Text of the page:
A Statement:

I am immensely disappointed today to announce my resignation from Ample Organics. For each of you who were part of this wonderful and life-changing journey over the past six years, please accept my most sincere thanks. I appreciate you more than you know.

We sold Ample to Akerna last year because we fell for the same promise Akerna made to stockholders when announcing the acquisition. CEO Jessica Billingsley promised that they had a "vision to create the preeminent global (cannabis) technology platform, addressing the entire supply chain and its regulatory bodies through accountability and transparency."

As all too often happens with companies like Akerna, it never had the vision or executive leadership to deliver on this promise, or many others. After deep reflection on the cannabis industry's evolution, and the type of commitment to planning and execution required to lead that evolution, I came to believe that Akerna's executive leadership is incapable of taking us there successfully.

I will have more to say in coming days and months, but suffice to say that I believe Akerna's current leadership is unlikely to make it a preeminent leader of anything. Except, possibly, serial layoffs, customer and revenue churn and dilutive deals that are bad for investors -- all of which are currently happening there.

Software-as-a-Service (SaaS) companies enjoy an exalted spot in our economy because of their business model simplicity and the value of their recurring revenue streams. When you have successfully acquired a significant customer base, as Akerna has, your job is to faithfully safeguard your investors' money and make it grow by continuing to deliver products and services customers want, engaging those customers, delighting them, and repeating. But when you call yourself a SaaS company to get that elevated valuation then turn around and disappoint customers, fail to capture acquisition synergies, or even to manage the company like a SaaS company, it is wrong. You can see for yourselves. I challenge anyone to look at Akerna's quarterly or annual reports and find even one instance where they explain to investors that they understand, manage or report on generally-accepted SaaS metrics like churn, LTV, CAC, CAC:LTV ratio and the like. You won't find it because they don't do it.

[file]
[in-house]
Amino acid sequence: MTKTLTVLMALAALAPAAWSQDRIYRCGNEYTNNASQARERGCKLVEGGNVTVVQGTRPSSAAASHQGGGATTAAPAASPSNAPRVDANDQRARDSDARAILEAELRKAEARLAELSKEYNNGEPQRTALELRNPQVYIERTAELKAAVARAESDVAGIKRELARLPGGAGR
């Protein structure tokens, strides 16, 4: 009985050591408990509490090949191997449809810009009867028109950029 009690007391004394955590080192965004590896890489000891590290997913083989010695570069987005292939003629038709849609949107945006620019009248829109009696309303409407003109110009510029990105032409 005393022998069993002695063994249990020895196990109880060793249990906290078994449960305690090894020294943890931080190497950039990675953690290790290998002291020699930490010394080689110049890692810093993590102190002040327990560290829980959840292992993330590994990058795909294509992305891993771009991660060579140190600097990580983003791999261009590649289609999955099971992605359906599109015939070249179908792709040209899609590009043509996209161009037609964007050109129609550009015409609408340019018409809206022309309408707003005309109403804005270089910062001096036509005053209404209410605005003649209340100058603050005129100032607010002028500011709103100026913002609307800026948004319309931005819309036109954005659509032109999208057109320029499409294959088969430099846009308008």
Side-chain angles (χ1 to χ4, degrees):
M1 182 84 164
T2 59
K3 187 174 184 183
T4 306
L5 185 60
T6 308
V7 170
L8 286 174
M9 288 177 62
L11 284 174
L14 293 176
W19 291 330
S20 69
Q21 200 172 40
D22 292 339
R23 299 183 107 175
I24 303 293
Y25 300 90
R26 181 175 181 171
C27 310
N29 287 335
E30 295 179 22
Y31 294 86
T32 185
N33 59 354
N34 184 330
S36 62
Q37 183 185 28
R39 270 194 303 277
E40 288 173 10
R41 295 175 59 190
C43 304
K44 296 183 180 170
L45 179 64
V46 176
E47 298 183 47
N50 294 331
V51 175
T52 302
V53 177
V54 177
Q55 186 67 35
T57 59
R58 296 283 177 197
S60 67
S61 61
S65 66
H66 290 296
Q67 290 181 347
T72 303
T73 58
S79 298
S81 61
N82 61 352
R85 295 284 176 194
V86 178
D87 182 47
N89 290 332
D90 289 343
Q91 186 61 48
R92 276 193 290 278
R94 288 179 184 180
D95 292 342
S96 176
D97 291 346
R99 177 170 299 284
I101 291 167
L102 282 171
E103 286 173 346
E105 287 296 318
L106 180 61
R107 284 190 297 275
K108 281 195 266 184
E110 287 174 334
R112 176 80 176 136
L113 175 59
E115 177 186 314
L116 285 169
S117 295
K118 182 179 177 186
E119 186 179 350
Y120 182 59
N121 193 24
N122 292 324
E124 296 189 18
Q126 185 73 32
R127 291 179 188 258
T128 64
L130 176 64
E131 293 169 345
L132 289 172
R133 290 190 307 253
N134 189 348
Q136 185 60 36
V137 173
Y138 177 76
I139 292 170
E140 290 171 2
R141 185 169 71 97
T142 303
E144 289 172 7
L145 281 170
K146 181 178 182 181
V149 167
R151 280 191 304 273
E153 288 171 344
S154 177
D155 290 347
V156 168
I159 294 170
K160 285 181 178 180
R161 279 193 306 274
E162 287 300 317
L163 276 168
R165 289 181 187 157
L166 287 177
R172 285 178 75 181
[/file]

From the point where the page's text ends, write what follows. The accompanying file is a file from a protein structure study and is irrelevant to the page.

Failures like this begin at the top. Akerna has some great employees, it has awesome customers, and, with the right leadership, has massive potential. Unfortunately, I do not believe its current executive leadership has any likelihood of nurturing those employees, effectively serving those customers or capturing much of that potential.

After our transaction, each time I raised these issues internally I was rebuffed, and as a part of my final conversation with Jessica Billingsley, I politely requested that she do the right thing and resign her position as CEO. I asked that a rigorous search be started to find a candidate with the requisite experience and skills to lead this company forward and to correct a decade of bad decisions. She declined to do so.

While I may have resigned, I have not given up on my belief in Ample Organics and the potential of Akerna, and I intend to use every resource available to me to make sure that potential is realized.


John X. Prentice